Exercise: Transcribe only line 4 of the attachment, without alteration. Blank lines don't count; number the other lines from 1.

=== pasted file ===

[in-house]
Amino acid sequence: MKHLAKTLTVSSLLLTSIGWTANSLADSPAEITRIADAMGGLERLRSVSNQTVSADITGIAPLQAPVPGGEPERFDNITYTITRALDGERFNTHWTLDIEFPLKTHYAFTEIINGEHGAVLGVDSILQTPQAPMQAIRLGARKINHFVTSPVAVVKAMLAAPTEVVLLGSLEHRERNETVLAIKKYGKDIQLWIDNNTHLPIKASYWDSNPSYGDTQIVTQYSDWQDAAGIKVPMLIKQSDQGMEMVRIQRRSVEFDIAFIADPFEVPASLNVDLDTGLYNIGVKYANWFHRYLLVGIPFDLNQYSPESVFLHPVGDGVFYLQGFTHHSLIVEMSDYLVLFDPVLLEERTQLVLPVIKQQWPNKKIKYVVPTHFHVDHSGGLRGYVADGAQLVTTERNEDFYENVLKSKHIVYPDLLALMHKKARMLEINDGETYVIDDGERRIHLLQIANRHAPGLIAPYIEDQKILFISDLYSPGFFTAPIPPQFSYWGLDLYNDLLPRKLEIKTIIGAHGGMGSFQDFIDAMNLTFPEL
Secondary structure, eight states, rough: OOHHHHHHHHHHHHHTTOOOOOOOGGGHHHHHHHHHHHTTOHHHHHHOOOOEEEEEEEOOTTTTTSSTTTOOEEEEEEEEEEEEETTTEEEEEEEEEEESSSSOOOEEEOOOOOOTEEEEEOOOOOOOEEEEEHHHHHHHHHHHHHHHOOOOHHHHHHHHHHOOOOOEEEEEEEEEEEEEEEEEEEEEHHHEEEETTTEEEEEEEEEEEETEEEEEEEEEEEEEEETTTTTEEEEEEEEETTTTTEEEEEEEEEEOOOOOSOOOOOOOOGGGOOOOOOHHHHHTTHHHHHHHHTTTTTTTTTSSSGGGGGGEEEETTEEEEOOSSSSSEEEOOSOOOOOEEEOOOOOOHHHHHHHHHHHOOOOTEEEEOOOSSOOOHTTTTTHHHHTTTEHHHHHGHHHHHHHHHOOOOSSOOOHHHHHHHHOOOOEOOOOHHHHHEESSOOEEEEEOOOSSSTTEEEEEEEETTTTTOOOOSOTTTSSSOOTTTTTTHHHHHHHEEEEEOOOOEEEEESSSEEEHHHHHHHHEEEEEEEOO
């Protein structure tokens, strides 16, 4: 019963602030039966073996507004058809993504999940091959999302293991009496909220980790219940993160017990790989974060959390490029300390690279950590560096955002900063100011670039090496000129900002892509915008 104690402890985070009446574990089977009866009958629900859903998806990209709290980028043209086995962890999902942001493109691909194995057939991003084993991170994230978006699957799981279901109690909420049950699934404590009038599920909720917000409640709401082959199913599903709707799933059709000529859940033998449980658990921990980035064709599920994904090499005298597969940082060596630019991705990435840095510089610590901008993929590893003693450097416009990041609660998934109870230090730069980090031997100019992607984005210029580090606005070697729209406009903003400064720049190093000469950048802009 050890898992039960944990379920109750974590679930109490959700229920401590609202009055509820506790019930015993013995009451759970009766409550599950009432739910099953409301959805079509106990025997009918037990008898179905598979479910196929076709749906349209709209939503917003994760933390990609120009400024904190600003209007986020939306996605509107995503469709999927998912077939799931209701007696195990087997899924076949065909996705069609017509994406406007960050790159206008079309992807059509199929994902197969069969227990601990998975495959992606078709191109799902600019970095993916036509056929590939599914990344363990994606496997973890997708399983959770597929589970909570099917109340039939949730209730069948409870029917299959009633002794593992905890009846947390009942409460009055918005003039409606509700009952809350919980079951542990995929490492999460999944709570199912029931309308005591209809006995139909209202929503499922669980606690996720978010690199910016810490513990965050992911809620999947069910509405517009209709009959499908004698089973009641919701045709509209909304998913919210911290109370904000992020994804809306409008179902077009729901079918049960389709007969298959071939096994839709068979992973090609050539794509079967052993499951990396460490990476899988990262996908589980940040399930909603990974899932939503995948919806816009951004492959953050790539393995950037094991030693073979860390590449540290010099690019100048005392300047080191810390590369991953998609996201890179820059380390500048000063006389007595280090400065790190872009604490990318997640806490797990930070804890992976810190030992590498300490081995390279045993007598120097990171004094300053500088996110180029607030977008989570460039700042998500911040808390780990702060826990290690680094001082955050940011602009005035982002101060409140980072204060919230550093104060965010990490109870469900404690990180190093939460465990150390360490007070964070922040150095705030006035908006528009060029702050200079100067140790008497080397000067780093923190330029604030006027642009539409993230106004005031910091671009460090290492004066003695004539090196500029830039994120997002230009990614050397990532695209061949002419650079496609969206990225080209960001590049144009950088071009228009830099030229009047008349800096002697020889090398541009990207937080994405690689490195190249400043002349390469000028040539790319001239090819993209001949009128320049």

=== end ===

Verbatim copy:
């Protein structure tokens, strides 16, 4: 019963602030039966073996507004058809993504999940091959999302293991009496909220980790219940993160017990790989974060959390490029300390690279950590560096955002900063100011670039090496000129900002892509915008 104690402890985070009446574990089977009866009958629900859903998806990209709290980028043209086995962890999902942001493109691909194995057939991003084993991170994230978006699957799981279901109690909420049950699934404590009038599920909720917000409640709401082959199913599903709707799933059709000529859940033998449980658990921990980035064709599920994904090499005298597969940082060596630019991705990435840095510089610590901008993929590893003693450097416009990041609660998934109870230090730069980090031997100019992607984005210029580090606005070697729209406009903003400064720049190093000469950048802009 050890898992039960944990379920109750974590679930109490959700229920401590609202009055509820506790019930015993013995009451759970009766409550599950009432739910099953409301959805079509106990025997009918037990008898179905598979479910196929076709749906349209709209939503917003994760933390990609120009400024904190600003209007986020939306996605509107995503469709999927998912077939799931209701007696195990087997899924076949065909996705069609017509994406406007960050790159206008079309992807059509199929994902197969069969227990601990998975495959992606078709191109799902600019970095993916036509056929590939599914990344363990994606496997973890997708399983959770597929589970909570099917109340039939949730209730069948409870029917299959009633002794593992905890009846947390009942409460009055918005003039409606509700009952809350919980079951542990995929490492999460999944709570199912029931309308005591209809006995139909209202929503499922669980606690996720978010690199910016810490513990965050992911809620999947069910509405517009209709009959499908004698089973009641919701045709509209909304998913919210911290109370904000992020994804809306409008179902077009729901079918049960389709007969298959071939096994839709068979992973090609050539794509079967052993499951990396460490990476899988990262996908589980940040399930909603990974899932939503995948919806816009951004492959953050790539393995950037094991030693073979860390590449540290010099690019100048005392300047080191810390590369991953998609996201890179820059380390500048000063006389007595280090400065790190872009604490990318997640806490797990930070804890992976810190030992590498300490081995390279045993007598120097990171004094300053500088996110180029607030977008989570460039700042998500911040808390780990702060826990290690680094001082955050940011602009005035982002101060409140980072204060919230550093104060965010990490109870469900404690990180190093939460465990150390360490007070964070922040150095705030006035908006528009060029702050200079100067140790008497080397000067780093923190330029604030006027642009539409993230106004005031910091671009460090290492004066003695004539090196500029830039994120997002230009990614050397990532695209061949002419650079496609969206990225080209960001590049144009950088071009228009830099030229009047008349800096002697020889090398541009990207937080994405690689490195190249400043002349390469000028040539790319001239090819993209001949009128320049």